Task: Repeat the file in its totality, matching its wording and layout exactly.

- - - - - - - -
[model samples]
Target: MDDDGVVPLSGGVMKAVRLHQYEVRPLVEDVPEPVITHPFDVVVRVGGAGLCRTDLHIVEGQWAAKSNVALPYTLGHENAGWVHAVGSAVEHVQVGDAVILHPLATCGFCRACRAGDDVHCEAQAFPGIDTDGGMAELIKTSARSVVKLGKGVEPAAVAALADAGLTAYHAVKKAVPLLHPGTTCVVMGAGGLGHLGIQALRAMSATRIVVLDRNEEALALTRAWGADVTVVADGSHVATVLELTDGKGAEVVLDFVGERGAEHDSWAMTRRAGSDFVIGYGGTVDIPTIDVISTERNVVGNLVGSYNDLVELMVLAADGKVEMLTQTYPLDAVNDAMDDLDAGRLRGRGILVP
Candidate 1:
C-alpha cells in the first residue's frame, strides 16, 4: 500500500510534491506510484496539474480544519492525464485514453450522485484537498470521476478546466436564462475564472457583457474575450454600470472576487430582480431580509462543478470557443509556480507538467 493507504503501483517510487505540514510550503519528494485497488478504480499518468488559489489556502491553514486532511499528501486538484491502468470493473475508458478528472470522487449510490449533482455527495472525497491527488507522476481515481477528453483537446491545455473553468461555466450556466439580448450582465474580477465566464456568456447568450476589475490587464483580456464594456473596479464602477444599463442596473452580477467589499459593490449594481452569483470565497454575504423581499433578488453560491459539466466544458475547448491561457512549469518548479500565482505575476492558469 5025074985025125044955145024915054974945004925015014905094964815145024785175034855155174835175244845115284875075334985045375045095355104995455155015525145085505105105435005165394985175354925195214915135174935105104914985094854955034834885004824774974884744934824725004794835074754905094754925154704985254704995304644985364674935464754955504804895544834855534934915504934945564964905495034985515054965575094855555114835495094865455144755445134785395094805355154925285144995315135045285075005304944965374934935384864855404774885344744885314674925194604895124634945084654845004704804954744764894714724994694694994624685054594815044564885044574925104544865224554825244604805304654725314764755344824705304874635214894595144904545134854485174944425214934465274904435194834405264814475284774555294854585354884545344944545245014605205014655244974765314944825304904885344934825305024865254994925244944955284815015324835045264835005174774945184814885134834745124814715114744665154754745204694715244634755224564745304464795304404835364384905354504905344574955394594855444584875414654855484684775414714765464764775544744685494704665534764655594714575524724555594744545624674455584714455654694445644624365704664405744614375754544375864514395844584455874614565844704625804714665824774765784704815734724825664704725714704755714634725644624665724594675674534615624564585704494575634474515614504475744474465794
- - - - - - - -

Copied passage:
[model samples]
Target: MDDDGVVPLSGGVMKAVRLHQYEVRPLVEDVPEPVITHPFDVVVRVGGAGLCRTDLHIVEGQWAAKSNVALPYTLGHENAGWVHAVGSAVEHVQVGDAVILHPLATCGFCRACRAGDDVHCEAQAFPGIDTDGGMAELIKTSARSVVKLGKGVEPAAVAALADAGLTAYHAVKKAVPLLHPGTTCVVMGAGGLGHLGIQALRAMSATRIVVLDRNEEALALTRAWGADVTVVADGSHVATVLELTDGKGAEVVLDFVGERGAEHDSWAMTRRAGSDFVIGYGGTVDIPTIDVISTERNVVGNLVGSYNDLVELMVLAADGKVEMLTQTYPLDAVNDAMDDLDAGRLRGRGILVP
Candidate 1:
C-alpha cells in the first residue's frame, strides 16, 4: 500500500510534491506510484496539474480544519492525464485514453450522485484537498470521476478546466436564462475564472457583457474575450454600470472576487430582480431580509462543478470557443509556480507538467 493507504503501483517510487505540514510550503519528494485497488478504480499518468488559489489556502491553514486532511499528501486538484491502468470493473475508458478528472470522487449510490449533482455527495472525497491527488507522476481515481477528453483537446491545455473553468461555466450556466439580448450582465474580477465566464456568456447568450476589475490587464483580456464594456473596479464602477444599463442596473452580477467589499459593490449594481452569483470565497454575504423581499433578488453560491459539466466544458475547448491561457512549469518548479500565482505575476492558469 5025074985025125044955145024915054974945004925015014905094964815145024785175034855155174835175244845115284875075334985045375045095355104995455155015525145085505105105435005165394985175354925195214915135174935105104914985094854955034834885004824774974884744934824725004794835074754905094754925154704985254704995304644985364674935464754955504804895544834855534934915504934945564964905495034985515054965575094855555114835495094865455144755445134785395094805355154925285144995315135045285075005304944965374934935384864855404774885344744885314674925194604895124634945084654845004704804954744764894714724994694694994624685054594815044564885044574925104544865224554825244604805304654725314764755344824705304874635214894595144904545134854485174944425214934465274904435194834405264814475284774555294854585354884545344944545245014605205014655244974765314944825304904885344934825305024865254994925244944955284815015324835045264835005174774945184814885134834745124814715114744665154754745204694715244634755224564745304464795304404835364384905354504905344574955394594855444584875414654855484684775414714765464764775544744685494704665534764655594714575524724555594744545624674455584714455654694445644624365704664405744614375754544375864514395844584455874614565844704625804714665824774765784704815734724825664704725714704755714634725644624665724594675674534615624564585704494575634474515614504475744474465794